Creoles and Pidgins

The Survey of Pidgin and Creole Studies sums up the issue of attempting to define creoles and pidgins in these words: “There are no commonly agreed upon criteria by which the category of creoles and pidgins can be delimited” (xxii). However, many debates exist about the difference between them, there is lot scholars know about creoles and pidgins. These communication systems come about when multiple groups–who do not share a common language–pool their linguistic resources to communicate. These resources eventually supply the grammar and vocabulary of the new language systems (Siegel 2).

Eventually, the systems stabilize and may even become the L1 for another generation of speakers. In fact, one of the traditional delineations between creoles and pidgins is that while a creole can be an L1, a pidgin cannot. However, as Muysken and Smith point out, “This is not always an easy distinction to make, as one aspect of worldwide increase in linguistic conformity, and the concomitant reduction in linguistic diversity, is that extended pidgins have begun to acquire native speakers” (3).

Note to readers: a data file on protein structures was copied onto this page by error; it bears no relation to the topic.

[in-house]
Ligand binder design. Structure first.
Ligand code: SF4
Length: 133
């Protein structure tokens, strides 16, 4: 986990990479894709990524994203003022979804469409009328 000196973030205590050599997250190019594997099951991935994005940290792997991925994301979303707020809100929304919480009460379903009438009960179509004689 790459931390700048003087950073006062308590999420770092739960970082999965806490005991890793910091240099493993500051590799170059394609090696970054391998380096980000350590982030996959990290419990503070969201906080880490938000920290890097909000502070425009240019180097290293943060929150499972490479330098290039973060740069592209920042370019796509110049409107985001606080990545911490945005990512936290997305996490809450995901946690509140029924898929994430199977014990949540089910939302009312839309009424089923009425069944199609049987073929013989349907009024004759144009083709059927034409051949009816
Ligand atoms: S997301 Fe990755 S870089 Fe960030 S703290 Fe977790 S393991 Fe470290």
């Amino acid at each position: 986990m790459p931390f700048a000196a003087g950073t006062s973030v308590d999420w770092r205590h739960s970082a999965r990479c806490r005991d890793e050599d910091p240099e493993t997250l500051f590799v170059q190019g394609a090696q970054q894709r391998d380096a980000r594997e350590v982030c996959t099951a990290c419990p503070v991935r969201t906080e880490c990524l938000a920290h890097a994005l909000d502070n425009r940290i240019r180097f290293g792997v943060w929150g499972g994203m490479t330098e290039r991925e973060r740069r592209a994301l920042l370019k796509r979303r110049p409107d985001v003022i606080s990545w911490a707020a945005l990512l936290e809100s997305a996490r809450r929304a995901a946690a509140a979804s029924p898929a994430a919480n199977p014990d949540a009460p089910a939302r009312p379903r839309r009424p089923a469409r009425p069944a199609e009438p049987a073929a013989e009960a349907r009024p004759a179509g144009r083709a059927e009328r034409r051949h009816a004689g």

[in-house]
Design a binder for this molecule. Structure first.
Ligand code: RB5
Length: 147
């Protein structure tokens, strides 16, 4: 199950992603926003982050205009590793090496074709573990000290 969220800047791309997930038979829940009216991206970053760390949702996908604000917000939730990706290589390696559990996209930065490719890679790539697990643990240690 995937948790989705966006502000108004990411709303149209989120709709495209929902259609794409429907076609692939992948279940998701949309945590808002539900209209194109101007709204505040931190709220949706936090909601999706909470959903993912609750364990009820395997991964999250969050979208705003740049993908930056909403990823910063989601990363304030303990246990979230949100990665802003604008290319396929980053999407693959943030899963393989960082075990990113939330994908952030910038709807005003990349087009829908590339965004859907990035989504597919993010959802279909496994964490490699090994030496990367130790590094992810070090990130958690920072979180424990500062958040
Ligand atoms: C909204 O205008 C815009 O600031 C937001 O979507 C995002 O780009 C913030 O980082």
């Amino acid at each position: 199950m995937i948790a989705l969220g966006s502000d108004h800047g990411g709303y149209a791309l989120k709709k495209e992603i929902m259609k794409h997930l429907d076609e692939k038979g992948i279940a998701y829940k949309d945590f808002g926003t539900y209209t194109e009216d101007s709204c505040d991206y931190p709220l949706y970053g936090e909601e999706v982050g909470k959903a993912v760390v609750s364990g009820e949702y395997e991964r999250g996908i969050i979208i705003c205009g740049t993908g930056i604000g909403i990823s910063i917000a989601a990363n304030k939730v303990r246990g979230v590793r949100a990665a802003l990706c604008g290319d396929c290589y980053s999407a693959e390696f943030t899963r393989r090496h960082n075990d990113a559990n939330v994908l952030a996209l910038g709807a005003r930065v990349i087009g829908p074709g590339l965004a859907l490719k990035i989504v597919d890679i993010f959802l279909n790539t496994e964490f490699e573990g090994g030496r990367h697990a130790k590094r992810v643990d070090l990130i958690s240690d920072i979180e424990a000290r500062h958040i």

Creoles and pidgins are important monuments to linguistic growth and change. They are not patchwork languages, nor are they deficient or broken versions of other languages. One language cannot be inherently superior to another, and students learning English or any other language should not be made to feel that their mother tongue is in any way inferior to the target language.


Arends, Jacques, Pieter Muysken, and Norval Smith, eds. Pidgins and Creoles: An Introduction. Vol. 15. John Benjamins Publishing, 1995.

Degraff, Michael. “1. Do “Pidgins” Exist? Do Creole Languages Come from Pidgins?” YouTube, uploaded by MIT OpenCourseWare, 07 Dec. 2018,

Michaelis, Susanne Maria, et al., eds. The survey of Pidgin and Creole languages. Vol. 1. Oxford University Press, 2013.

Siegel, Jeff. The Emergence of Pidgin and Creole Languages. Oxford University Press, 2008.